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Social networks: after privacy, beyond friendship

About the author
Mark Vernon is the author of The Philosophy of Friendship (Palgrave Macmillan, 2005).

The personal quandaries thrown up by social-networking sites seem to be escalating by the day. What do you do when, say, a work colleague - whom you see across the office but with whom you never exchange more than courteous pleasantries - asks you to become a friend on Facebook? Your policy to date has been that your profile is strictly for real friends only. But can you risk the icy stares should you refuse him and click "ignore"?

Or there's the question of what you should upload onto such sites. Simon Davies, the director of Privacy International, plays a neat trick to make a point. There are some who argue that if you have nothing to hide, you have nothing to fear about whatever gets into the ever-expanding online data- warehouses of MySpace and other social networks. So before engaging them in debate, Davies finds something "private" about them - for example, the email of a daughter. With Google, it is amazingly easy to do. It is also amazing how quickly people change their mind.

What's mine is the world's

There are two reasons to think carefully about this near-limitless ease of access to personal information. First, research shows that social-networking sites are a serious risk when accessed at work. "Companies are split on the question of Facebook", says Graham Cluley, senior technology consultant at Sophos. "Some believe it to be a procrastinator's paradise which can lead to identity theft if users are careless. Others either view it as a valuable networking tool for workers or are too nervous of an employee backlash if the site is suddenly blocked." He advocates the teaching of best practices - "how to use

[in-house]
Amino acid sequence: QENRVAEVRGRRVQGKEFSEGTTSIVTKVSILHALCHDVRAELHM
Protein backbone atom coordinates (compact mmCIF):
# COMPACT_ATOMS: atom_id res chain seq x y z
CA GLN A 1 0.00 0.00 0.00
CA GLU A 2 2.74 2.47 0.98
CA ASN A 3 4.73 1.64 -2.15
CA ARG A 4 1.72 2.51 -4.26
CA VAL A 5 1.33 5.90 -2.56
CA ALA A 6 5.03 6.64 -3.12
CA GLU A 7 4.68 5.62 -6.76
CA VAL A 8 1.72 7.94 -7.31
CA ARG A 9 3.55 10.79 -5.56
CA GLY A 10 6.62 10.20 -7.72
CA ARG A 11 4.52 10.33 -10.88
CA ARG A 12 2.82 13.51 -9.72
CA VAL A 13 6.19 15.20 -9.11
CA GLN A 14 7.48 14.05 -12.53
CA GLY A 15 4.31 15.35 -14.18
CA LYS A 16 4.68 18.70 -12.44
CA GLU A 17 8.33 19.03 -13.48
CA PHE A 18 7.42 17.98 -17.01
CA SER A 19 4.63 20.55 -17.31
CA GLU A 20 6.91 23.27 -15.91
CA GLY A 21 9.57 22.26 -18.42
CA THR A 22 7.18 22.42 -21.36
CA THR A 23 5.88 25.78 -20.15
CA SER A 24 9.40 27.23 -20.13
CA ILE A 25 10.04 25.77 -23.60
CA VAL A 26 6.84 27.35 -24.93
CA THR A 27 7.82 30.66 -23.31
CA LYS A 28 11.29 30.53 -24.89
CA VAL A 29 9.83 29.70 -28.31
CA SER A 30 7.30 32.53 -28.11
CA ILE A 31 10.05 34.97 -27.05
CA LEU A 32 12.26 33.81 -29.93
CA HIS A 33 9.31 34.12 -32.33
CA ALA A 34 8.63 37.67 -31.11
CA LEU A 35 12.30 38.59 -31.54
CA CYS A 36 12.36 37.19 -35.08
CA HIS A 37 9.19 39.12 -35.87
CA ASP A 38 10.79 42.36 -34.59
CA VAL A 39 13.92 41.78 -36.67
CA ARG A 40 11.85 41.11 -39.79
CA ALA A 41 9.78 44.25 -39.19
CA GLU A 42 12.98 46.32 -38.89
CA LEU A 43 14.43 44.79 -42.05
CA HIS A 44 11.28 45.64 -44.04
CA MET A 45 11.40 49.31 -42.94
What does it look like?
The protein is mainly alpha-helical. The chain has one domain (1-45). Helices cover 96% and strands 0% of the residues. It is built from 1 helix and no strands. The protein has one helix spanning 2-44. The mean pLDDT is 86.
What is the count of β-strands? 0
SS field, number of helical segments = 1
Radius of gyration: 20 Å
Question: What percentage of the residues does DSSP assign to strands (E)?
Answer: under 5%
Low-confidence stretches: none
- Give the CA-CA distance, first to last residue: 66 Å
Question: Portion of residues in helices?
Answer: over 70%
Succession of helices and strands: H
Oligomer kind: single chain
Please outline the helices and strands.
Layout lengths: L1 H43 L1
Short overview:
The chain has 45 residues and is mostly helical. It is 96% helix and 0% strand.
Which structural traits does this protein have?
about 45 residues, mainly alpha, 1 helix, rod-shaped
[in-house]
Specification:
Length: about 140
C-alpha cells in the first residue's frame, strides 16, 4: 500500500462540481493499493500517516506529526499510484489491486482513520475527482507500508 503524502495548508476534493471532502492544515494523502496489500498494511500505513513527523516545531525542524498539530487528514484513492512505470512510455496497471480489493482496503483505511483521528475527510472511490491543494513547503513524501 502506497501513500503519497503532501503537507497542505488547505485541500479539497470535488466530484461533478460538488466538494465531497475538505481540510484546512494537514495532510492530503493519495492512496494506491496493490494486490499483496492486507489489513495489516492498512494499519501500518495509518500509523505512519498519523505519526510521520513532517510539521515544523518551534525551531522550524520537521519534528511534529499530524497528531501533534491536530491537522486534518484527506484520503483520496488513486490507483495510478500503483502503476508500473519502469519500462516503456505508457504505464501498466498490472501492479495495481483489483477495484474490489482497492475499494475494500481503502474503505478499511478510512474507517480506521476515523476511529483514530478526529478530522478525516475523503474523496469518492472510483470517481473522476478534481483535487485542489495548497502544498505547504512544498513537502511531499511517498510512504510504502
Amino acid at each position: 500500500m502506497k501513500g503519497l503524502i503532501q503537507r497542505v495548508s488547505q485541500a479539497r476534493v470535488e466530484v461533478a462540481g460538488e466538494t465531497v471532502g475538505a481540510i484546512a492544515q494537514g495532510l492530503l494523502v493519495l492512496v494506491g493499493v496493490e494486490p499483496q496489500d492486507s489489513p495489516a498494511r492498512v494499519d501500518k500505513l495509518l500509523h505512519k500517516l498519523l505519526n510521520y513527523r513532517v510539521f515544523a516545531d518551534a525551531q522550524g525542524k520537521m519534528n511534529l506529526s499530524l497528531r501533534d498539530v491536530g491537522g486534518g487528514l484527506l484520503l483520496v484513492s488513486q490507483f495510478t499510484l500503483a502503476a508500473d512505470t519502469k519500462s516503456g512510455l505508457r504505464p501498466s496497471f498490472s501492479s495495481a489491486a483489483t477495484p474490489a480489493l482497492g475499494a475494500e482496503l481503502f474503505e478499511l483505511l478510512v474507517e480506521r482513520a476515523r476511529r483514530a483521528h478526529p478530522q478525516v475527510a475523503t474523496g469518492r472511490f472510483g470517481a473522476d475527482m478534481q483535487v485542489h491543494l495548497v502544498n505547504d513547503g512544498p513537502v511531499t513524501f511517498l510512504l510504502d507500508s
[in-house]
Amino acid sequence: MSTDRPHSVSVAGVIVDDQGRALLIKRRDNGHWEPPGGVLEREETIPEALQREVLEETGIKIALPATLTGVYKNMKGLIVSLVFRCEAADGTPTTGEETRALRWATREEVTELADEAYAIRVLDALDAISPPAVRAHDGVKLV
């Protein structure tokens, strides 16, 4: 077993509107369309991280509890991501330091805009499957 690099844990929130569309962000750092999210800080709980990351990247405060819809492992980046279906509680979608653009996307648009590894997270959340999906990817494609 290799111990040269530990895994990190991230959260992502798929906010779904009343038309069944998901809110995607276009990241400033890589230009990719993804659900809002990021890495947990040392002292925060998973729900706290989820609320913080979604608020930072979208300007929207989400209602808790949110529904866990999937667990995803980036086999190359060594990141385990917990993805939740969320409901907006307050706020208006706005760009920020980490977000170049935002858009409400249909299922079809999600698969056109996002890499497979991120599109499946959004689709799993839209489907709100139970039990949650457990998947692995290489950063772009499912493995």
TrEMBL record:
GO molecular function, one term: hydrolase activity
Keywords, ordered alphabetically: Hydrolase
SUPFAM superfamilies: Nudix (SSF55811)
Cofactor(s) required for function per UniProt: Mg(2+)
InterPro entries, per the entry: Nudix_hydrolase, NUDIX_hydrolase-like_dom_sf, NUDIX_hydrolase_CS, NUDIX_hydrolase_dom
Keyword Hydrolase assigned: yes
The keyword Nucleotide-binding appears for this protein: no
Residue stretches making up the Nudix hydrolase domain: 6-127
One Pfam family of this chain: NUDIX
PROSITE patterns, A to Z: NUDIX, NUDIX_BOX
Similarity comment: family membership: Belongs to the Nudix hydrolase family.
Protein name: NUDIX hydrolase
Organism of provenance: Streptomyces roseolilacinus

Facebook at work". It may sound ridiculous, but the purpose is to ensure that employees are not putting their personal and corporate data out to tender. "Five minutes spent learning the ins-and-outs of Facebook's privacy settings, for instance, could save a lot of heartache later", Cluley adds.

Mark Vernon is the author of The Philosophy of Friendship (Palgrave Macmillan, 2005) and Science, Religion and the Meaning of Life (Palgrave Macmillan, 2007). His new book explores online friendship among other topics: What Not To Say: Finding the Right Words at Difficult Moments (Orion, November 2007). His website is here

Also by Mark Vernon in openDemocracy:

"The politics of friendship" (29 December 2006)

"The life of the child: being friends, being good" (8 March 2007)

The second reason is that once uploaded, personal details can become public possession - and not just for now but, effectively, forever. News Corp bought MySpace to exploit what previously had been unthinkable to advertisers: customers telling you what they want without you even asking.

The latest twist in the story of citizens "handing over" the details of their lives relates to the burgeoning "family history" industry. The website ancestry.com is offering a new service: testing your DNA online. Ostensibly it will put you in touch with other family members. But Simon Davies has made a complaint to the office of the British government's information commissioner on privacy grounds. He points out, for example, that ancestry.com's privacy policy describes genetic and genealogical data held by it as a "transferable asset"; "Does this mean that ancestry.com regards itself as the ‘owner' of a person's DNA?", Davies asks.

This is new terrain. In the pre-internet era, a chat with friends remained a private matter. On the internet, there are few safeguards against what will enter the public domain.

I've got a friend